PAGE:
The report appeared in the paper on Monday 8thh October 2018 with the headline ‘Border – Crossing okay’ and again in yesterday’s Island Sun.
In a statement TSI said the headline is contrary to what Solomon Islands Electoral Commission (SIEC) has informed the nation via- text messages since implementation of the Electoral Act 2018.
TSI quoted the text as saying “You must register to vote in the constituency of your current resident, do not register in any other constituency.”
TSI said Solomon Islands Electoral Commission needs to be consistent with its messages and more importantly have an office somewhere central for people to access information.
“Cross border registration is widespread and extensive since the registration commence on September 3rd to 27th where people from different constituencies register for constituency they are not residing in or ordinarily residents of.
“Is the SIEC saying that a voter from Temotu can register to vote in Vella La Vella as long as he does the transfer process correctly,” TSI questioned the Commission adding they have already received allegations raised that boat loads of voters have been transported to register in a constituency in a different province and so forth.
“Registration is one of the most important processes of the National Elections. It is a process where eligible voters get to register to exercise their constitutional right to vote for a candidate of their choice to represent them for the next four years,” the statement said.
TSI added it is deeply concerned that with all the assistance and funding poured into Solomon Islands Electoral Commission no civic awareness was carried out before the registration started to inform citizens of the law, the processes etc.
Furthermore, to inform intending candidates and voters that once a candidate wins they are the voice of all the people of their constituencies, men, women, youth, children and not just the people who vote for them, it added.
Transparency Solomon Islands (TSI) said it has received several election related queries from constituencies outside and inside Honiara seeking information and clarification on this very same issue.
“Voters were advised to seek information directly from the electoral office, but the usual story is no one around to answer their queries.
“Most often they complained that their phone call to the office of the Chief Electoral Officer were not answered and this is a worrying trend,” the statement said.
To help the eligible voters of this country and intending candidates get the correct information, from the right authority, TSI urges Solomon Islands Electoral Commission and its Chief Electoral Officer to appoint an information officer with a dedicated phone line to attend to people’s queries.
“This is very important because the Solrice strategy and the SMS are inadequate especially in a country where the majority are illiterate and don’t own a phone and have no money to buy the Solrice,” the statement said.
Just like Transparency Solomon Islands calling for SIEC and SECSIP to carry out awareness on the new electoral law to ensure voters understand the meaning of provisions stipulated in the the Electoral Act 2018, so do the Constituencies.
The message coming out of the SIEC is not helpful either as people struggle to get some good advice on transferees and cross-border voters, TSI said.
Transparency Solomon Islands said it also notes that section 4 of the Act which deals with the definition of ordinarily resident which might have helped in clarifying some of these issues has not come into force and it looks like it won’t apply to the upcoming elections unless the Minister sets the date before pooling day. Under s4 of the Electoral Act 2018 the meaning of “ordinary resident” are as follows:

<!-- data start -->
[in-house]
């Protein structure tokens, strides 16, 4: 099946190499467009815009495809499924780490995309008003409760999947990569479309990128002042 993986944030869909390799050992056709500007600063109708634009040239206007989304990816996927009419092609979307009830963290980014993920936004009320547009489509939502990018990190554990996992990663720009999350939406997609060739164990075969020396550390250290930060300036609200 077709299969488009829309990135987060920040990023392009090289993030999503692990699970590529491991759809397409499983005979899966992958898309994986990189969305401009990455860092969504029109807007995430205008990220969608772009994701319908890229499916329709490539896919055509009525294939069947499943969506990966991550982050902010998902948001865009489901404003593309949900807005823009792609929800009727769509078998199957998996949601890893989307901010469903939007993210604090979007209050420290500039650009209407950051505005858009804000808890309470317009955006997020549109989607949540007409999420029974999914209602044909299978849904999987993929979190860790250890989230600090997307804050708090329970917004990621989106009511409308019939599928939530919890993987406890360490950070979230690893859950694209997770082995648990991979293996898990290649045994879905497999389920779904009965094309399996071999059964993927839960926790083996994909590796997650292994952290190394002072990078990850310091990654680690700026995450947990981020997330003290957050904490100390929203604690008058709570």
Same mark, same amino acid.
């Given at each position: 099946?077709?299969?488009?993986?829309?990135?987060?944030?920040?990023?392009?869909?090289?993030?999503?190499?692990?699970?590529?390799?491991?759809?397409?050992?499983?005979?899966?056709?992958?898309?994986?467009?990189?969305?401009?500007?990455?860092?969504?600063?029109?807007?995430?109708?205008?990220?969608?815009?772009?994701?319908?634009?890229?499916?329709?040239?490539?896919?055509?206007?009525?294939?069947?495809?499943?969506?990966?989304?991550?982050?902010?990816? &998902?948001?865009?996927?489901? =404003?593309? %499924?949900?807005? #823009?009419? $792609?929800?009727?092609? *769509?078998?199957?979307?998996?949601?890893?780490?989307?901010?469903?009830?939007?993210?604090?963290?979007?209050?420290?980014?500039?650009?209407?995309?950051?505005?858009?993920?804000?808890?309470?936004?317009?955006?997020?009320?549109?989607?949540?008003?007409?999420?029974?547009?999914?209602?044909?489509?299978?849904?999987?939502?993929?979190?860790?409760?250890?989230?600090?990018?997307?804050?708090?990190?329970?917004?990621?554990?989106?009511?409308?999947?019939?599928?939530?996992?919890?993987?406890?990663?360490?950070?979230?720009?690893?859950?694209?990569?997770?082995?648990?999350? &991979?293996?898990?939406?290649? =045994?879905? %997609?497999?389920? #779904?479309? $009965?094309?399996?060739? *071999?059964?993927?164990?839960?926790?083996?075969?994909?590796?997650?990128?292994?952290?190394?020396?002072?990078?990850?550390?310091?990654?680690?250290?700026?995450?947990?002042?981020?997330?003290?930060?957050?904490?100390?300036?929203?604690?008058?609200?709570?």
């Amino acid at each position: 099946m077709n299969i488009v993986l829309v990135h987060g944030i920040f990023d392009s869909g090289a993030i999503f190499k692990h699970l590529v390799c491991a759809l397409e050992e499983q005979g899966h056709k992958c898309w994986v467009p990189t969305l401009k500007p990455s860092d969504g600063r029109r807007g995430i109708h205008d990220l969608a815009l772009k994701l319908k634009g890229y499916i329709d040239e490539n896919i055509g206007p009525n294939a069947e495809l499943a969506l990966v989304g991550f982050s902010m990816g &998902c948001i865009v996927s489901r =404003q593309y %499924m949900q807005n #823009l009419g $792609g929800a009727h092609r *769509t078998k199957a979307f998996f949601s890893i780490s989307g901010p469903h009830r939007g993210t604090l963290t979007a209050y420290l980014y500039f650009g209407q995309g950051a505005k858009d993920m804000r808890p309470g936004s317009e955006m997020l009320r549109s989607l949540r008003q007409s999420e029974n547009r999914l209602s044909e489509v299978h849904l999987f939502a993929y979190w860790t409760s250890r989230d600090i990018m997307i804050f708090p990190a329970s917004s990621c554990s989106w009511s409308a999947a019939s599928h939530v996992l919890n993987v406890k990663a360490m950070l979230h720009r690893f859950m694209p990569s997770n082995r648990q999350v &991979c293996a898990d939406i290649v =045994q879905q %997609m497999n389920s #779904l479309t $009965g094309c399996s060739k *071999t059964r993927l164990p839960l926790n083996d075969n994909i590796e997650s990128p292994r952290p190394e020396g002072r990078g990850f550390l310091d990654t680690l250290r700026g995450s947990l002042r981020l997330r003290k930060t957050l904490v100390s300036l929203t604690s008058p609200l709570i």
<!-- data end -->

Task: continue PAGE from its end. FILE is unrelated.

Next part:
Section 4. Meaning of “ordinary resident”
 For section 55(2)(b) of the Constitution, a person is “ordinarily resident” in a constituency if:
(a) the person has been continuously residing in the constituency for at last 6 months; or
(b) the person is taken to have been residing in the constituency under subsection (2)
(2) A person is taken to have been residing in a constituency even if the person is not residing in the constituency if the person is entitled to be or is a member of a group, a tribe or line indigenous to the constituency.
(3) For subsection (1)(a):
(a) a person resides at a place if the person has chosen to make the place his or her usual place of residence; and
(b) a person’s usual place of resident is not affected only by temporary absences from the place, even if an absence involves occasional or regular residence at another place; and
(c) a person is not taken to be residing in a place only because the person owns a dwelling at the place.
Whatever the reasons for not enforcing this section are, Transparency Solomon Islands doubts its helpfulness in clarifying what we now see with regard to cross-border voters.
“It is very poor and more confusing and is an indication of a public service that is no longer able to guide our political leaders. We urge the responsible Minister to refine it before enforcing it,” TSI said.
TSI urges SIEC/SECSIP to ensure they carry out awareness in the next electoral cycle before the start of registration process to minimize and avoid the discrepancies when the registration is conducted for the 2023 National General Election.
“Most constituencies are in the rural areas. Most of the people in the rural areas are illiterate about the new Electoral Amendment Act and the Electoral Act 2018 therefore face to face and simplified awareness materials and presentations are needed,” the TSI statement noted.
Transparency Solomon Islands said it is pivotal for Solomon Islanders need to know about the registration and what the new electoral Act say to ensure they comply with.